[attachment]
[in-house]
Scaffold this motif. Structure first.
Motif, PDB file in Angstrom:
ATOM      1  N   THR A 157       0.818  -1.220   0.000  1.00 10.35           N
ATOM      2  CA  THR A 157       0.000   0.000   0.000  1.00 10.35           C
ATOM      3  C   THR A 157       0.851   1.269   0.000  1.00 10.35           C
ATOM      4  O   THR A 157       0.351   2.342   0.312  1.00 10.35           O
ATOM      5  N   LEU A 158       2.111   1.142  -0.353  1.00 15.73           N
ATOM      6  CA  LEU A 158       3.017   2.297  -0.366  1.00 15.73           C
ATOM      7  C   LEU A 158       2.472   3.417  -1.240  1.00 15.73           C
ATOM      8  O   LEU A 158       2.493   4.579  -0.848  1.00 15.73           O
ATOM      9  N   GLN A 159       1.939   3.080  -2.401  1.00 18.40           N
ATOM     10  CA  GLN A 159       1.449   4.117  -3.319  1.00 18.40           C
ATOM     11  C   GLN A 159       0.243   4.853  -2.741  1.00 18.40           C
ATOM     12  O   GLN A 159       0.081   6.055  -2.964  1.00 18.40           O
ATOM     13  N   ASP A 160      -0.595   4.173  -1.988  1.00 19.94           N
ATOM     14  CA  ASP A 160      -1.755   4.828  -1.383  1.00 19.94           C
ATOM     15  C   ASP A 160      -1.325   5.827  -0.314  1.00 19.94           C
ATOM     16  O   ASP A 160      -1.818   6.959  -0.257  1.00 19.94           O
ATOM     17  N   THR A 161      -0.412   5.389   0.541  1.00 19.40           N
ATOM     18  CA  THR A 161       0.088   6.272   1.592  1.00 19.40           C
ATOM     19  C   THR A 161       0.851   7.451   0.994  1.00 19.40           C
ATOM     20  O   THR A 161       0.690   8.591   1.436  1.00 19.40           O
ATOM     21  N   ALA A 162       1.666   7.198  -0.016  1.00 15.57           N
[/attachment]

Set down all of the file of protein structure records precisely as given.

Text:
[in-house]
Scaffold this motif. Structure first.
Motif, PDB file in Angstrom:
ATOM      1  N   THR A 157       0.818  -1.220   0.000  1.00 10.35           N
ATOM      2  CA  THR A 157       0.000   0.000   0.000  1.00 10.35           C
ATOM      3  C   THR A 157       0.851   1.269   0.000  1.00 10.35           C
ATOM      4  O   THR A 157       0.351   2.342   0.312  1.00 10.35           O
ATOM      5  N   LEU A 158       2.111   1.142  -0.353  1.00 15.73           N
ATOM      6  CA  LEU A 158       3.017   2.297  -0.366  1.00 15.73           C
ATOM      7  C   LEU A 158       2.472   3.417  -1.240  1.00 15.73           C
ATOM      8  O   LEU A 158       2.493   4.579  -0.848  1.00 15.73           O
ATOM      9  N   GLN A 159       1.939   3.080  -2.401  1.00 18.40           N
ATOM     10  CA  GLN A 159       1.449   4.117  -3.319  1.00 18.40           C
ATOM     11  C   GLN A 159       0.243   4.853  -2.741  1.00 18.40           C
ATOM     12  O   GLN A 159       0.081   6.055  -2.964  1.00 18.40           O
ATOM     13  N   ASP A 160      -0.595   4.173  -1.988  1.00 19.94           N
ATOM     14  CA  ASP A 160      -1.755   4.828  -1.383  1.00 19.94           C
ATOM     15  C   ASP A 160      -1.325   5.827  -0.314  1.00 19.94           C
ATOM     16  O   ASP A 160      -1.818   6.959  -0.257  1.00 19.94           O
ATOM     17  N   THR A 161      -0.412   5.389   0.541  1.00 19.40           N
ATOM     18  CA  THR A 161       0.088   6.272   1.592  1.00 19.40           C
ATOM     19  C   THR A 161       0.851   7.451   0.994  1.00 19.40           C
ATOM     20  O   THR A 161       0.690   8.591   1.436  1.00 19.40           O
ATOM     21  N   ALA A 162       1.666   7.198  -0.016  1.00 15.57           N